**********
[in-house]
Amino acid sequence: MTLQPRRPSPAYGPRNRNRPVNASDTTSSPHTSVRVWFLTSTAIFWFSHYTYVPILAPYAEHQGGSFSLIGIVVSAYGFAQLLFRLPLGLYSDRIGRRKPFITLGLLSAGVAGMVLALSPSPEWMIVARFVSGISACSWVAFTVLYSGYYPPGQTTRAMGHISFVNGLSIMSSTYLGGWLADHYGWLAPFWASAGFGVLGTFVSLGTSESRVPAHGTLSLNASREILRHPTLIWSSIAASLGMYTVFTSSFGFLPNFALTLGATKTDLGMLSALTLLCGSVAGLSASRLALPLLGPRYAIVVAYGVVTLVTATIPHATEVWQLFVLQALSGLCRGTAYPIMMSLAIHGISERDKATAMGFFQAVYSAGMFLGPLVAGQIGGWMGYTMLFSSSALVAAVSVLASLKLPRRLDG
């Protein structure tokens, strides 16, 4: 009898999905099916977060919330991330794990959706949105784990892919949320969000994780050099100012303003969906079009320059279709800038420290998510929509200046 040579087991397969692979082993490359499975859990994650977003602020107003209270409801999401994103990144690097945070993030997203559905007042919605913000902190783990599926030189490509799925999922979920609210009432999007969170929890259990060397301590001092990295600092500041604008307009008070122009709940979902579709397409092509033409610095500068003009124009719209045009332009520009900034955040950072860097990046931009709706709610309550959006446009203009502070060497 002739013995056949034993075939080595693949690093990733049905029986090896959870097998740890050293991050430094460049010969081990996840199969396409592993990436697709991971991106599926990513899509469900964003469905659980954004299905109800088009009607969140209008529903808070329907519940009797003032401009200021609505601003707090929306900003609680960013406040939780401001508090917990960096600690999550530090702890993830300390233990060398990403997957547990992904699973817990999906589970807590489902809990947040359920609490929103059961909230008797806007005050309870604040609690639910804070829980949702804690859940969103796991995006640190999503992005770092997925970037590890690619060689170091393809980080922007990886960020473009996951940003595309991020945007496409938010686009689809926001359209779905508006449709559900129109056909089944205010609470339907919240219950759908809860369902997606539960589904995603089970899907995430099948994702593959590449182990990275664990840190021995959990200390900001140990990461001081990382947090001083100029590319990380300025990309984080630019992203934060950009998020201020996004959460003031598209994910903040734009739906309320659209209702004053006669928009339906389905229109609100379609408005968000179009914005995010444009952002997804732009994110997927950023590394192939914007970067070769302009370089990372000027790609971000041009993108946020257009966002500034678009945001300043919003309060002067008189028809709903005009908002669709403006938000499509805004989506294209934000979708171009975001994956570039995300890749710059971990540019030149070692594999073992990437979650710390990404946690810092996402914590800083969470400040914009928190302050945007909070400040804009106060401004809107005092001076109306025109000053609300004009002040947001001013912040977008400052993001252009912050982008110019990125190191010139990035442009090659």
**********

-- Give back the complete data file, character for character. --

[in-house]
Amino acid sequence: MTLQPRRPSPAYGPRNRNRPVNASDTTSSPHTSVRVWFLTSTAIFWFSHYTYVPILAPYAEHQGGSFSLIGIVVSAYGFAQLLFRLPLGLYSDRIGRRKPFITLGLLSAGVAGMVLALSPSPEWMIVARFVSGISACSWVAFTVLYSGYYPPGQTTRAMGHISFVNGLSIMSSTYLGGWLADHYGWLAPFWASAGFGVLGTFVSLGTSESRVPAHGTLSLNASREILRHPTLIWSSIAASLGMYTVFTSSFGFLPNFALTLGATKTDLGMLSALTLLCGSVAGLSASRLALPLLGPRYAIVVAYGVVTLVTATIPHATEVWQLFVLQALSGLCRGTAYPIMMSLAIHGISERDKATAMGFFQAVYSAGMFLGPLVAGQIGGWMGYTMLFSSSALVAAVSVLASLKLPRRLDG
């Protein structure tokens, strides 16, 4: 009898999905099916977060919330991330794990959706949105784990892919949320969000994780050099100012303003969906079009320059279709800038420290998510929509200046 040579087991397969692979082993490359499975859990994650977003602020107003209270409801999401994103990144690097945070993030997203559905007042919605913000902190783990599926030189490509799925999922979920609210009432999007969170929890259990060397301590001092990295600092500041604008307009008070122009709940979902579709397409092509033409610095500068003009124009719209045009332009520009900034955040950072860097990046931009709706709610309550959006446009203009502070060497 002739013995056949034993075939080595693949690093990733049905029986090896959870097998740890050293991050430094460049010969081990996840199969396409592993990436697709991971991106599926990513899509469900964003469905659980954004299905109800088009009607969140209008529903808070329907519940009797003032401009200021609505601003707090929306900003609680960013406040939780401001508090917990960096600690999550530090702890993830300390233990060398990403997957547990992904699973817990999906589970807590489902809990947040359920609490929103059961909230008797806007005050309870604040609690639910804070829980949702804690859940969103796991995006640190999503992005770092997925970037590890690619060689170091393809980080922007990886960020473009996951940003595309991020945007496409938010686009689809926001359209779905508006449709559900129109056909089944205010609470339907919240219950759908809860369902997606539960589904995603089970899907995430099948994702593959590449182990990275664990840190021995959990200390900001140990990461001081990382947090001083100029590319990380300025990309984080630019992203934060950009998020201020996004959460003031598209994910903040734009739906309320659209209702004053006669928009339906389905229109609100379609408005968000179009914005995010444009952002997804732009994110997927950023590394192939914007970067070769302009370089990372000027790609971000041009993108946020257009966002500034678009945001300043919003309060002067008189028809709903005009908002669709403006938000499509805004989506294209934000979708171009975001994956570039995300890749710059971990540019030149070692594999073992990437979650710390990404946690810092996402914590800083969470400040914009928190302050945007909070400040804009106060401004809107005092001076109306025109000053609300004009002040947001001013912040977008400052993001252009912050982008110019990125190191010139990035442009090659």